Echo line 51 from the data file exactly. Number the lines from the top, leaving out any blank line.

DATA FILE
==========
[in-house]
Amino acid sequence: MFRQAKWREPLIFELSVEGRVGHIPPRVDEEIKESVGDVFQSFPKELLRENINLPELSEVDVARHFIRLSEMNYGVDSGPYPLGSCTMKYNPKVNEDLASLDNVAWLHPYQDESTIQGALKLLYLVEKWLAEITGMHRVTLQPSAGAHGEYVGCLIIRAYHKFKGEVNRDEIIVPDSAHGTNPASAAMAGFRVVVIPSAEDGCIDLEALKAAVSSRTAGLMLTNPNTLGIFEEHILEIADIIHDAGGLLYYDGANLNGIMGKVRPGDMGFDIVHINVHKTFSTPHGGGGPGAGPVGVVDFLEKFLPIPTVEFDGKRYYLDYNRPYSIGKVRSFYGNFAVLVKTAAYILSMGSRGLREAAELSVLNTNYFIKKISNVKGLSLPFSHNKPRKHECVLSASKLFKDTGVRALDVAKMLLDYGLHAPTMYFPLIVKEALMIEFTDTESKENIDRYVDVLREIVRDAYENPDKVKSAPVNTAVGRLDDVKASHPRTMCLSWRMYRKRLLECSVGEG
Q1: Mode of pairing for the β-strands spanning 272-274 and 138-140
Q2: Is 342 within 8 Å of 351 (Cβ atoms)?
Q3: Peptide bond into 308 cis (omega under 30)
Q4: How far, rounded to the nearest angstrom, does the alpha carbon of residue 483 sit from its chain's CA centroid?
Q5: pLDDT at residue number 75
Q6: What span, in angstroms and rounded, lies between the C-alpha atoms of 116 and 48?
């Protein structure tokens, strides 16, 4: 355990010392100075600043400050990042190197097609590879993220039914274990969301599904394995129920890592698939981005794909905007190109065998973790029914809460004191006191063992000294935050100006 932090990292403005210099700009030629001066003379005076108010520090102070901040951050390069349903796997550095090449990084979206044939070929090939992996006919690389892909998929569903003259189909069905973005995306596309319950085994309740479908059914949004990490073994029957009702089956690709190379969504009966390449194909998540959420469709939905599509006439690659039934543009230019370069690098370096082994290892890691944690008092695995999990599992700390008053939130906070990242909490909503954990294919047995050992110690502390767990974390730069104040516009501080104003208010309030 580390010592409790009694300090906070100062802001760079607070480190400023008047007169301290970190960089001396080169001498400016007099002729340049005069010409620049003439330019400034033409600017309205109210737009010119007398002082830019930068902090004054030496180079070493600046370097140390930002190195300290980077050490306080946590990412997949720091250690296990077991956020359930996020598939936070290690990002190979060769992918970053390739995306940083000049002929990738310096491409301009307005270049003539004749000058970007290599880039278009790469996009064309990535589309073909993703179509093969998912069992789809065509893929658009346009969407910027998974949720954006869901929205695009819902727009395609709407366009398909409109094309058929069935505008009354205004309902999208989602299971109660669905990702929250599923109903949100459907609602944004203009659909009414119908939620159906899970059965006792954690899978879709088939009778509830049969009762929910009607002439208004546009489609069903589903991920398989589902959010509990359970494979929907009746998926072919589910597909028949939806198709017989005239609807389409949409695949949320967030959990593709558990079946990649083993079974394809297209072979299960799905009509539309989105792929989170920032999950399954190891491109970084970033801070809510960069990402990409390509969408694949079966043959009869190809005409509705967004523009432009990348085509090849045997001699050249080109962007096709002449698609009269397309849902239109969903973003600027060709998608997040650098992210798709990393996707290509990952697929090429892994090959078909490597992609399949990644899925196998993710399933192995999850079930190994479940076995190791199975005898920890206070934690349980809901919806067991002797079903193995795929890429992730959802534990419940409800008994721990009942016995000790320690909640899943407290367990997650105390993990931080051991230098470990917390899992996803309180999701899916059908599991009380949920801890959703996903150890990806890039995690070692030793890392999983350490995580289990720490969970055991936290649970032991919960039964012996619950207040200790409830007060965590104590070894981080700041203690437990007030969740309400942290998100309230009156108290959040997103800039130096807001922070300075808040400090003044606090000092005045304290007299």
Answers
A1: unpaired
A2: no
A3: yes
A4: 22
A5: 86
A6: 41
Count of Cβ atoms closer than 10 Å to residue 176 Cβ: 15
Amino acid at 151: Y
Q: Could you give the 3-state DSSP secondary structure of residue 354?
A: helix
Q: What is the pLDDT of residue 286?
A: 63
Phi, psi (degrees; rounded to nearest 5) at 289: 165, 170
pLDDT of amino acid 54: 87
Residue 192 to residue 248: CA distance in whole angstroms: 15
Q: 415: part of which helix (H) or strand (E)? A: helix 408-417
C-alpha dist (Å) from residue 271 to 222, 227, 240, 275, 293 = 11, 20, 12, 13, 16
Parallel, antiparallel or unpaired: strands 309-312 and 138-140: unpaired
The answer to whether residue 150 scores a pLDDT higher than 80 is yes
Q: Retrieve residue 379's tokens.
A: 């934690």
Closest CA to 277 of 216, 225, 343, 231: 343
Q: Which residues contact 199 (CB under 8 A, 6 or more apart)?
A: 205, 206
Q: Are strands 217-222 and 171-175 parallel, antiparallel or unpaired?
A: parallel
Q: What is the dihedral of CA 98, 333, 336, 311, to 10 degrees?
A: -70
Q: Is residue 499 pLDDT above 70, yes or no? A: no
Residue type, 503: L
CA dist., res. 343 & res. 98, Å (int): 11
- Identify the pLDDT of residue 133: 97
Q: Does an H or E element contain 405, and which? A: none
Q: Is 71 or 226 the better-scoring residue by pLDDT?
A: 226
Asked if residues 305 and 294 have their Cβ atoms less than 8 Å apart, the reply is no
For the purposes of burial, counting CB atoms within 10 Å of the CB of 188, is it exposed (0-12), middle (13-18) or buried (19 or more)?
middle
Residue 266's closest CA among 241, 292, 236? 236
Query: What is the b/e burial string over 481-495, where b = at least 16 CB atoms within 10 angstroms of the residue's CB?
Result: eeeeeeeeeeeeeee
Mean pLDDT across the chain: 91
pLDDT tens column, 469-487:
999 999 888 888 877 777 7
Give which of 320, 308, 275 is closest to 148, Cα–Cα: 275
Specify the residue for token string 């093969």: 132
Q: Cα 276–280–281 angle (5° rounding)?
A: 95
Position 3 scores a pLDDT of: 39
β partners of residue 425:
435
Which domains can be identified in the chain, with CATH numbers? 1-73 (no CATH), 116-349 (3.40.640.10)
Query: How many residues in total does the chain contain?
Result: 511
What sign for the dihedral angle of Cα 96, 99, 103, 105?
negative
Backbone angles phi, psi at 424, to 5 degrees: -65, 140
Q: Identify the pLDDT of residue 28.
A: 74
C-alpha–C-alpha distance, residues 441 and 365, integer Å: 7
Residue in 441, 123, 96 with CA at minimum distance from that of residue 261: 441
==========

Result: eeeeeeeeeeeeeee